Album Review by Eric Sandberg
When Founding Yes singer Jon Anderson announced the forthcoming release of of his fourteenth solo album 1000 Hands —Chapter One-- I was bemused, at best. Of the dozens of solo albums released by the various members of Yes [hundreds if you include keyboardist Rick Wakeman's catalog] only a couple are worthy of the band's best work.
Jon Anderson's first solo album Olias of Sunhillow  was written, composed sung, played and produced by Anderson by himself. He spent countless hours out in a barn teaching himself to play a myriad of instruments and recording multiple overdubs of his unique high tenor voice. The result was stunning.
In and out of Yes, throughout Anderson's spotty solo career, Anderson became increasingly less inspired and, frankly, lazy when it came to making albums, preferring to solicit completed music tracks from other musicians, both known and unknown. He would take these tracks and warble nonsensical hippy-dippy platitudes over them, exposing a voice weakened by the acute respiratory failure he barely survived in 2008, just prior to a planned Yes 40th anniversary tour.
Much to his chagrin, Yes replaced Anderson with a stand-in and he has been an exile from the band he founded ever since. Well, sort of. Over their fifty years of existence, Yes has had over thirty-five different members pass through the ranks so it's not too difficult put together another version of Yes [or twelve] from among the remaining cardholders.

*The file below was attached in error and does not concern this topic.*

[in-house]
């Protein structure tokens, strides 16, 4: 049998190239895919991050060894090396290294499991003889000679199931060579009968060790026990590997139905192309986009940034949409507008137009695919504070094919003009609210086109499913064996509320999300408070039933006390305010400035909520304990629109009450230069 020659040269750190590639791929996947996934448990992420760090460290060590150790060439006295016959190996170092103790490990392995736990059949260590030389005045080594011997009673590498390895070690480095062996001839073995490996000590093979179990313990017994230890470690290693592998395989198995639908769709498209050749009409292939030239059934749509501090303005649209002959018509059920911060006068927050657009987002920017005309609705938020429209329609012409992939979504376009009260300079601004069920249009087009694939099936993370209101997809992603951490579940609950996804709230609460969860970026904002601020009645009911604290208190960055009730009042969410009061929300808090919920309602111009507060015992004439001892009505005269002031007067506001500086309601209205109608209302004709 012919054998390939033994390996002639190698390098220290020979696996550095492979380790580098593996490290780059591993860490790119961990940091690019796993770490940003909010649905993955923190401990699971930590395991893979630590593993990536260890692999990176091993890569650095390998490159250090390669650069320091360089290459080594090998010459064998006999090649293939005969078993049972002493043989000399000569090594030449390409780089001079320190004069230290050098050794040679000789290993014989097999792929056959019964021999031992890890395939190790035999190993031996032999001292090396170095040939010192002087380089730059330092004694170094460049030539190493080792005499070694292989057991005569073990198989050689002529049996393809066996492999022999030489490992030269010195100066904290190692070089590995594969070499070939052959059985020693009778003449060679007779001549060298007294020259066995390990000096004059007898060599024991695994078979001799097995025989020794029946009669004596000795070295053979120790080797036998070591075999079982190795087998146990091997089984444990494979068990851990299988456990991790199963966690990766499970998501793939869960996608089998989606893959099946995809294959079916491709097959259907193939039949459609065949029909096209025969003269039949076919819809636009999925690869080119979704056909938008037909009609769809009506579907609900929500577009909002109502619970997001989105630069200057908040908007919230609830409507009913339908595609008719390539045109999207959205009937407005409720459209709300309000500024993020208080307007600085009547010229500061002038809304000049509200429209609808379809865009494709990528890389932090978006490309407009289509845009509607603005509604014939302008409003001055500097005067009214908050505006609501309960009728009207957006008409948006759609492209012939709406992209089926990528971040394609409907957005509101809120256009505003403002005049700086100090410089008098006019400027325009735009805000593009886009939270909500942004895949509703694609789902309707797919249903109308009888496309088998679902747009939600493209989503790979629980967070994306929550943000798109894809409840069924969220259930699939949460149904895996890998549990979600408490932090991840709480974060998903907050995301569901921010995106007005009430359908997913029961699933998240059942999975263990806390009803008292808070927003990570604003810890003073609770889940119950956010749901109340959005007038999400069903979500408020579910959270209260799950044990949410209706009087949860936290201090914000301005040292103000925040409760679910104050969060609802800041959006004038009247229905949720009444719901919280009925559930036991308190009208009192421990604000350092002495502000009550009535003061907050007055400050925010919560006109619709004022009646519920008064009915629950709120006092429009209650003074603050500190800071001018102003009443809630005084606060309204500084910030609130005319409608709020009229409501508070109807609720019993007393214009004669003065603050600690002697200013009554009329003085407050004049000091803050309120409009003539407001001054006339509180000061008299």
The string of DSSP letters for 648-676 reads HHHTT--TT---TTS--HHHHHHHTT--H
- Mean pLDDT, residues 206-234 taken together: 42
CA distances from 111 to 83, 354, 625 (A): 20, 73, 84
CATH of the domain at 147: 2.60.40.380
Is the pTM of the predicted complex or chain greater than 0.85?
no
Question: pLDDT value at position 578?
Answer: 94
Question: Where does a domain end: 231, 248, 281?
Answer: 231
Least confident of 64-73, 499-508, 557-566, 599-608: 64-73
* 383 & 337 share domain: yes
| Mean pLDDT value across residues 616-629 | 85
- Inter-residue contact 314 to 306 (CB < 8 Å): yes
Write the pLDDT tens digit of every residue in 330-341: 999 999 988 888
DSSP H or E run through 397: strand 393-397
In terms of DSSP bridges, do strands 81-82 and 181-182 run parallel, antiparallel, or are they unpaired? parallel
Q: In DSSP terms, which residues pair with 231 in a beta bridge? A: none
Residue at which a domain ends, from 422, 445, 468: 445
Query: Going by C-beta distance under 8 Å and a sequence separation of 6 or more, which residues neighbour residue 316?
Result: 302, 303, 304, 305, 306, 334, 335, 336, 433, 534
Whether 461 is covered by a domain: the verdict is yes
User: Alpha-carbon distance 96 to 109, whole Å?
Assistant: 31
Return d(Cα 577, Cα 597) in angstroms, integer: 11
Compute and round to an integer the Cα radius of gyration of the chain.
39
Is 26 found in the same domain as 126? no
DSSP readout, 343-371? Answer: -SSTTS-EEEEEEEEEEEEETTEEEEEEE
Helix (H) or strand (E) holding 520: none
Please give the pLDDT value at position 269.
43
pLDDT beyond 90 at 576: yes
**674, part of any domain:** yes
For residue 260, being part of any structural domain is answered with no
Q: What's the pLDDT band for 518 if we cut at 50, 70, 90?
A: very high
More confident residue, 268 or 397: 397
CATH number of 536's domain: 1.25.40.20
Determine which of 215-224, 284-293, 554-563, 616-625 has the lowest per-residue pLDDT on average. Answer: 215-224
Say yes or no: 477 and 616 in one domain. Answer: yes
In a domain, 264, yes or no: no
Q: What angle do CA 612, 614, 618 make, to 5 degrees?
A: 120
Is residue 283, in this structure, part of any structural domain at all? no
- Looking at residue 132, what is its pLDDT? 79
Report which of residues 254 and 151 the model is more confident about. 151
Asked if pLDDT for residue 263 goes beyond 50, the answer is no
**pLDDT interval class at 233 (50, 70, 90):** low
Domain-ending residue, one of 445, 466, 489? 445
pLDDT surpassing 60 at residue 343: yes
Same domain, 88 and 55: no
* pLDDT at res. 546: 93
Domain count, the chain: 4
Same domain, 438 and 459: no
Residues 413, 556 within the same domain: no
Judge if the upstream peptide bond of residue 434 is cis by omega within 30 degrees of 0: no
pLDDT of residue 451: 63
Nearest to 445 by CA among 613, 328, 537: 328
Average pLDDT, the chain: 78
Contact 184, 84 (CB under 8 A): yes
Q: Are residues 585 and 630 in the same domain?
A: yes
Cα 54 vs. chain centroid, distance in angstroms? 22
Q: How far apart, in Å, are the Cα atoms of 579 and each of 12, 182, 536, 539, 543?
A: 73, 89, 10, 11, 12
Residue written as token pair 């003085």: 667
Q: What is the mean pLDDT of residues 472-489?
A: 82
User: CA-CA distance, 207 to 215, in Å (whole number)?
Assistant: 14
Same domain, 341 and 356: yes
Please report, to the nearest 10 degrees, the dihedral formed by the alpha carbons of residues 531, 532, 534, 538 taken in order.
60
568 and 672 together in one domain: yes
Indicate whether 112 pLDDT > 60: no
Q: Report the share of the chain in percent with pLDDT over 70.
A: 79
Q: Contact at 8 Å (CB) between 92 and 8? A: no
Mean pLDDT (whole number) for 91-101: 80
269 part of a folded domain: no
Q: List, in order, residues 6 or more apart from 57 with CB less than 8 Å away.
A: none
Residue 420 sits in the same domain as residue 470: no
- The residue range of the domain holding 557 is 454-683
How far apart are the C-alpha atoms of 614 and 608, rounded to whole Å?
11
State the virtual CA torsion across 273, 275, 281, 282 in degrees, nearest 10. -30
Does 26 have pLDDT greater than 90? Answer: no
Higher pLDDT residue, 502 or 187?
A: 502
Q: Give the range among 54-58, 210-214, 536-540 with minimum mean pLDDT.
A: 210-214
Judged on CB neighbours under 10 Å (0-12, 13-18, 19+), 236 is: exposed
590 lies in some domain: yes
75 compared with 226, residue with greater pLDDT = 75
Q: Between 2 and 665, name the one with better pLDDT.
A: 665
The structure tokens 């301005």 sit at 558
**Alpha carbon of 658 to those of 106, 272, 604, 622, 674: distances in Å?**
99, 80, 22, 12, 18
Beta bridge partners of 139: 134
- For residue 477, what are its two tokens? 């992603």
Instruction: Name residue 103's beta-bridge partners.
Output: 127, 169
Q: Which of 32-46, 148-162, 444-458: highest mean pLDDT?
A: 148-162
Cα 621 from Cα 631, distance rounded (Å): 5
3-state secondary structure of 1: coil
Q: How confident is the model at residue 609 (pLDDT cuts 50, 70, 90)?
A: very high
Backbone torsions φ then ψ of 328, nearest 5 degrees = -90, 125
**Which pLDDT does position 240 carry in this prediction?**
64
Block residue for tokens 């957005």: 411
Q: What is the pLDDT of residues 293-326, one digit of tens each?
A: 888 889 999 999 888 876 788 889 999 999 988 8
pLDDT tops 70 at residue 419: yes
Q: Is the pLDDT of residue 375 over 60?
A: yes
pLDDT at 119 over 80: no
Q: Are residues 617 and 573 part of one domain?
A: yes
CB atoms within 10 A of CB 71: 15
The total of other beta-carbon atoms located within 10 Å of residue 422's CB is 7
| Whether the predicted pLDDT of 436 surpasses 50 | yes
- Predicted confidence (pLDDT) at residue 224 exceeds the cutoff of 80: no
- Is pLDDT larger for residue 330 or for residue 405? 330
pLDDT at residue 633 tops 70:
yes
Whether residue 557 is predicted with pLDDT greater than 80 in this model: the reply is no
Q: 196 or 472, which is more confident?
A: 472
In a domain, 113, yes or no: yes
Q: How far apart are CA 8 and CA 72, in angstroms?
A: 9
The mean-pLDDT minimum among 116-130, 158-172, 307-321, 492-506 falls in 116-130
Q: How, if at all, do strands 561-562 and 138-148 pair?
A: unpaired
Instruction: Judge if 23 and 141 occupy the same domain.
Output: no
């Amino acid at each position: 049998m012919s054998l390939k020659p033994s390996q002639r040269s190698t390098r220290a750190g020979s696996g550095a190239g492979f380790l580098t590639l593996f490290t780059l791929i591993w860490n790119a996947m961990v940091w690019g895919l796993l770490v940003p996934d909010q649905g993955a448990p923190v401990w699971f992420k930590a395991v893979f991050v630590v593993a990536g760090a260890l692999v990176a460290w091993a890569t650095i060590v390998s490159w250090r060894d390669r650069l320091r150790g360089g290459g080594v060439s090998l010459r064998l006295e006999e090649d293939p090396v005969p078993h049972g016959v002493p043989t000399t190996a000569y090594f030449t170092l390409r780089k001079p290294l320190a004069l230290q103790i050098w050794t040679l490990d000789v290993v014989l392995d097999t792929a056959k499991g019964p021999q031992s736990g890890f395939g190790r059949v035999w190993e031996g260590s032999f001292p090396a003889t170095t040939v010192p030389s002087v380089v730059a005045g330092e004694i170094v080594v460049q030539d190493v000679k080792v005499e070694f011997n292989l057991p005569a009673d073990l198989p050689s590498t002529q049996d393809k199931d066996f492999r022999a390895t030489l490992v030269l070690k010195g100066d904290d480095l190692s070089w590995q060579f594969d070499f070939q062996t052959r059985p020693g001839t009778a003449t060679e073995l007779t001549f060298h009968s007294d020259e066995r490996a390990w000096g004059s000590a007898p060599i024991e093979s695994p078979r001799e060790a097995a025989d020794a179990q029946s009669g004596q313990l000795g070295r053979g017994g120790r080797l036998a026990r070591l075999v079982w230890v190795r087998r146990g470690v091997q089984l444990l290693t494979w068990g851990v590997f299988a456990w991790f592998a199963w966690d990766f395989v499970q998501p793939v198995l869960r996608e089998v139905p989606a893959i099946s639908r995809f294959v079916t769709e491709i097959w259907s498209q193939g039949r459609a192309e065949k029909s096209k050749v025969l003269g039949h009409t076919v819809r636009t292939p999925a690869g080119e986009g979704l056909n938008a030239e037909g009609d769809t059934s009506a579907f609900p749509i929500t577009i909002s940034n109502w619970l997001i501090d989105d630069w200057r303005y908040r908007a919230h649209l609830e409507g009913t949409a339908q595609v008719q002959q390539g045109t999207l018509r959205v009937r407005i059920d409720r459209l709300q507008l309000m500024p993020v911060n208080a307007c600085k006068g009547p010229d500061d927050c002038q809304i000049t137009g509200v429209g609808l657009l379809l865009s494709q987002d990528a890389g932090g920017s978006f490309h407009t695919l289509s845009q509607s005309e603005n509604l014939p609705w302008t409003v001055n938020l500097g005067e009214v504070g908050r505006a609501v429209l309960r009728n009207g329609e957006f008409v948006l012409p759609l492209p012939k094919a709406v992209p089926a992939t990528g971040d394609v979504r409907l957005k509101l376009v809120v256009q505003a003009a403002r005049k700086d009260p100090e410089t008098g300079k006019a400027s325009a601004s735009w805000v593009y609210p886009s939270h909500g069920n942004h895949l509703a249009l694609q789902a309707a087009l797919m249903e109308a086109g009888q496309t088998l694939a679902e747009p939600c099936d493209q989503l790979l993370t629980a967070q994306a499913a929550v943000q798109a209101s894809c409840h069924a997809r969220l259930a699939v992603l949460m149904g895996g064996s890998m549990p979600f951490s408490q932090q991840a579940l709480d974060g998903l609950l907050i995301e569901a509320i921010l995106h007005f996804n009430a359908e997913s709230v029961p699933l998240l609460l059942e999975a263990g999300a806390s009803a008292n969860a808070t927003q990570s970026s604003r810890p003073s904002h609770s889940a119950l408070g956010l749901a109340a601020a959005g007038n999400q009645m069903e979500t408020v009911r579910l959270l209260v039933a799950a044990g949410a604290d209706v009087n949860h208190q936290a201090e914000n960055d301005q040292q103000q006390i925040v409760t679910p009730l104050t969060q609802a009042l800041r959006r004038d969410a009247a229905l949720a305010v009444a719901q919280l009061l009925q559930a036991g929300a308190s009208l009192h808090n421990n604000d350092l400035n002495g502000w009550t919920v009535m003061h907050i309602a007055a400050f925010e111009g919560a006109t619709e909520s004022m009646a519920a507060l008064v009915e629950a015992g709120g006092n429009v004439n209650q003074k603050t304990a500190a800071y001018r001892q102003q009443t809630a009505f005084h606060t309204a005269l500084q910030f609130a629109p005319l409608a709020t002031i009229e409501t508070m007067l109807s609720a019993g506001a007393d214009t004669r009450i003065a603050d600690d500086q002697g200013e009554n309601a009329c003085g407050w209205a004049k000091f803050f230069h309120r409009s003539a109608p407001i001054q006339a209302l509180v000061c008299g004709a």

At the age of seventy-four, through disciplined physical and vocal workouts, along with the support of his second wife Janee, Jon Anderson has miraculously brought his voice back to near full strength, and has been fronting Yes: featuring Anderson, Rabin & Wakeman on several world tours over the past few years.
All of this brings us to 1000 Hands, Anderson's first solo album since 2011's Survival & Other Stories, an album of music he solicited from random musicians via social media. Anderson has been working on bits and pieces of the album for a number of years, which is why it features many guest musicians, including the late Chris Squire and the estranged "other Yes" guitarist Steve Howe.
The album, which was recently completed by Anderson in Florida with producer Michael Franklin, features contributions from a veritable host of world-class musicians including: Larry Coryell, Stuart Hamm, Alan White, Billy Cobham, Chick Corea, The Tower of Power Horns, Pat Travers and features some tasty flute work by Jethro Tull's Ian Anderson on one track.
With all of this, the question still remains: what did Jon Anderson bring to the proceedings? The answer is just about everything he has. After the opening prelude track "Now" Anderson unleashes the full power of his voice and melodic skills on "Ramalama" a song that actually brought a little tear to my eye.
Though the rest of the album doesn't quite match the heights of "Ramalama" it is a remarkably consistent collection of strong melodies, beautifully arranged, played and sung. The lyrics are more focused but still retain Anderson's usual message of love, peace and light. They are easily swallowed when paired with the more inspired music accompanying them this time around.
If you are not a fan, or just a casual fan of Yes, I am not encouraging you to seek out this album, but if you are a long-suffering devoted fan of Jon Anderson's I can tell you that 1000 Hands is your reward.
Sadly, the album is only available from Jon Anderson directly at this time and, although his team has done a remarkable job of getting the word out, they have failed just as badly at letting people know where they can buy the album. I was unable to find a way to obtain it until I complained in a comment on a Facebook post promoting a review of the album, and another fan sent me the apparently secret link. All in all, it's just another example of the chaos that has ever swirled around Anderson's long career.
By the way, here is the link:
Your welcome, Jon.
Eric Sandberg: My true opinion on everything is that it's splunge.